The use of leather in clothing, shoes, furniture, bags and sports equipment like cricket balls has been taken for granted for centuries, but in recent years some have questioned its use.
Much of that has been driven by those opposed to the use of animal products; someone who is a vegan or vegetarian might be as opposed to wearing leather garments as they are to eating topside of beef.
Allied to that are those who argue that cattle farming is generally bad for the environment, due to the higher levels of emissions associated with it.
However, all this may only tell one side of the story. On the other is the fact that leather is organic and thus sustainable, a natural substance rather than synthetic, as well as being capable of being maintained, in contrast with many items in our throwaway consumer culture.
Indeed, anyone using a leather repair kit might muse that there is no equivalent for many non-biodegradable items.
The issue of how much waste is around in fast fashion has had plenty of recent publicity, not least from high profile campaigners like Greta Thunberg. It has now become the subject of an article by Business Insider, promoted by the World Economic Forum, which has increasingly been turning its attention to all matters green in recent years.
A focus of the article was just how much clothing production has jumped since 2000. By 2014, the number of clothes people were buying around the world had risen by 60 per cent, but items were only being kept half as long. Now, the number of clothes being produced has doubled since the turn of the millennium.
Far from repairing items like one might with leather, the pace of fast fashion has accelerated dramatically. The typical fashion house in Europe produced two collections in 2000. Now the figure is five, with one firm, Zara, having as many as 24.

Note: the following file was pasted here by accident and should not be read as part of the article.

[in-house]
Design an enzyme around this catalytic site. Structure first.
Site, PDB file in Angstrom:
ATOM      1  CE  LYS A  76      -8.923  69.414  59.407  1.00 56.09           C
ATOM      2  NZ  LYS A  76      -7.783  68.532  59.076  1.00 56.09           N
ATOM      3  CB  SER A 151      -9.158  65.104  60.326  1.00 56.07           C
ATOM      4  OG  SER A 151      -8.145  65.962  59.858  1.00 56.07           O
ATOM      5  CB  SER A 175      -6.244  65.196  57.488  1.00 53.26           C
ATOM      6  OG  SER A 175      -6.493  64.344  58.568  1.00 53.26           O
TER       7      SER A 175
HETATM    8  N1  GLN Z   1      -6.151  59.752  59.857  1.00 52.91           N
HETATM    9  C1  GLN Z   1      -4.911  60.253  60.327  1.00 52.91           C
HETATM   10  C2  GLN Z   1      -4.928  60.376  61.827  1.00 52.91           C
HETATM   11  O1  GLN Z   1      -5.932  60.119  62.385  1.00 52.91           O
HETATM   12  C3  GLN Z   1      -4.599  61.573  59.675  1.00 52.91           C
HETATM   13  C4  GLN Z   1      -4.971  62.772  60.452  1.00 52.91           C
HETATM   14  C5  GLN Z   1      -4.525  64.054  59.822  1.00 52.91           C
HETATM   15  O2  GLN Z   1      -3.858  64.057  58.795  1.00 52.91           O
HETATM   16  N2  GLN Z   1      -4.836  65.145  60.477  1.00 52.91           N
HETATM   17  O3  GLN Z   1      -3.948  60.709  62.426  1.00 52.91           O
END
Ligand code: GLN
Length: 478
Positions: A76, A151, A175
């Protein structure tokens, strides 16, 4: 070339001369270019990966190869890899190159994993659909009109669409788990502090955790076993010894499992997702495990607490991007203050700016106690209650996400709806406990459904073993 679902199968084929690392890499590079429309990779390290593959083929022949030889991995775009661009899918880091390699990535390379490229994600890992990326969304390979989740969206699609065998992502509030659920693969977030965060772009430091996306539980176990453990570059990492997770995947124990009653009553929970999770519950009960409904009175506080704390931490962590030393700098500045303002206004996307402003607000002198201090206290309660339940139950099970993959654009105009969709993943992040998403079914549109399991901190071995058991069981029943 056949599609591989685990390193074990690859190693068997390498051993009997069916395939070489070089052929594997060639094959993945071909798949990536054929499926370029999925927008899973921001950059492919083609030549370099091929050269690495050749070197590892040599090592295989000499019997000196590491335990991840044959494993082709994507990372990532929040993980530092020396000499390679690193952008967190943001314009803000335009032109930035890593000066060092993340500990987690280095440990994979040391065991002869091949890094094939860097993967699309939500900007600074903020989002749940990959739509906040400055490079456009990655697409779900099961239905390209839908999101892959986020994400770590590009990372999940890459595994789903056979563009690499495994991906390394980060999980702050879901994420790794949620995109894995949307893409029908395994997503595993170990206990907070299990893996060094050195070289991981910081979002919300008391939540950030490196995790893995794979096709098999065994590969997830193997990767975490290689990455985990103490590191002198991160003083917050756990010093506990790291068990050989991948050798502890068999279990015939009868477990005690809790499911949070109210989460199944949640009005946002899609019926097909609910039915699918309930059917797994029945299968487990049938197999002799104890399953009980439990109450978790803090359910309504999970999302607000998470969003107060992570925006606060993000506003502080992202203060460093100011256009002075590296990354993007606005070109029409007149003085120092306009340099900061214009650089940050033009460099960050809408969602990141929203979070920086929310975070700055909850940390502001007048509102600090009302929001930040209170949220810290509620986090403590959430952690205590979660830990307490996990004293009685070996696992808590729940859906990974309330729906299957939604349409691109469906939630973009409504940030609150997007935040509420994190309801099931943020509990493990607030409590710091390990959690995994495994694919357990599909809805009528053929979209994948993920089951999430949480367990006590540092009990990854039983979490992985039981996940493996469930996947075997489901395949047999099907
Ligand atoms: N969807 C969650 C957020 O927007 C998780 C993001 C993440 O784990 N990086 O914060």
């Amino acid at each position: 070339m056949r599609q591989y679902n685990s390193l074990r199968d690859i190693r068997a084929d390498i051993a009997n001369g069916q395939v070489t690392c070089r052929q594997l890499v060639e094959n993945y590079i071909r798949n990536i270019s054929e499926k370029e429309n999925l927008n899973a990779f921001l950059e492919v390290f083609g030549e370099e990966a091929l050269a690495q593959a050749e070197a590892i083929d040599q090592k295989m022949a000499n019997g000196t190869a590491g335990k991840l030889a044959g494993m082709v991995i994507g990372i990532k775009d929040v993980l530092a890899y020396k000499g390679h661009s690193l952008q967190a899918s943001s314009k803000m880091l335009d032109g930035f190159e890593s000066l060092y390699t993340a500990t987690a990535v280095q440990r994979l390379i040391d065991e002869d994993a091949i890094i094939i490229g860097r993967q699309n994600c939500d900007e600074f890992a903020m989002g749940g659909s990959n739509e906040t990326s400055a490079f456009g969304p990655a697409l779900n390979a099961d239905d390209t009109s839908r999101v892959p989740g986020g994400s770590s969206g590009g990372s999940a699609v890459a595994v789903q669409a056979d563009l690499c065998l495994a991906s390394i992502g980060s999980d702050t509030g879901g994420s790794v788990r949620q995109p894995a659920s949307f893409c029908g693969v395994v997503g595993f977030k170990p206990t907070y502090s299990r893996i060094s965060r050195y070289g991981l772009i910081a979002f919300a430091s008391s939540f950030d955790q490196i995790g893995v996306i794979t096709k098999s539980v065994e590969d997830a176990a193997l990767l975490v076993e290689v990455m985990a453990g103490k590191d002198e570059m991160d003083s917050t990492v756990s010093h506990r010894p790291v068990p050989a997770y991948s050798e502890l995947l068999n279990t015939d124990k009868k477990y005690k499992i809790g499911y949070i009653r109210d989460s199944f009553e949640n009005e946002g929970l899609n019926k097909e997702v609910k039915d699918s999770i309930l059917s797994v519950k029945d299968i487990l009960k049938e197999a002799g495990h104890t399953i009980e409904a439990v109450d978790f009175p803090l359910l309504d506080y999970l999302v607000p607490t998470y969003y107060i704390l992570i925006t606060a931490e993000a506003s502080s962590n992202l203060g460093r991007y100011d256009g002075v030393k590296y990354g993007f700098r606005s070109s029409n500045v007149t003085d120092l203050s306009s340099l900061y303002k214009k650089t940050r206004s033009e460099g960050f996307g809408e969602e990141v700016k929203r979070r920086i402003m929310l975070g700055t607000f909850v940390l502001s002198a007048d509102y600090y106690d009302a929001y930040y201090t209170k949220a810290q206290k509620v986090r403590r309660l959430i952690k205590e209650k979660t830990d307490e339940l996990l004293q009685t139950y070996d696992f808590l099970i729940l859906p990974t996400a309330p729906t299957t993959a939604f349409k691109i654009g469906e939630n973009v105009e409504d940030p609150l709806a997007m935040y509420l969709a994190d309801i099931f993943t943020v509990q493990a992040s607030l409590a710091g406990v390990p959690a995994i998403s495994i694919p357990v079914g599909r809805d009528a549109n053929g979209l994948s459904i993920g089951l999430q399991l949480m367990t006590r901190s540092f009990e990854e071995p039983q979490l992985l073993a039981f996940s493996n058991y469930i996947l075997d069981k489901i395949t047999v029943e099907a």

At the same time, the equivalent of a full bin lorry of clothes is burned or dumped in landfill every second. Overall, 85 per cent of clothes end up in landfill.
Not only is this a spectacular waste, but it has serious consequences for the environment. Fashion produces ten per cent of global emissions, five times as much as the much-criticised aviation sector. Moreover, it is a massive contributor to pollution, not least because it includes so much synthetic material like polyester, sending thousands of fragments of plastic into rivers and oceans.
Of course, the fact that these issues continue to be highlighted will only be significant if this helps drive change. It will only be in the financial interests of fashion firms to change if they are put under enough pressure by consumers.
However, using leather - and taking the approach to it that it is a material to be maintained and repaired instead of being thrown away - is one alternative. After all, whether it is clothing, car seats, household furniture or footwear, there are plastic alternatives that can be avoided.
Now may be a very good time to think again about what it really means to be sustainable.
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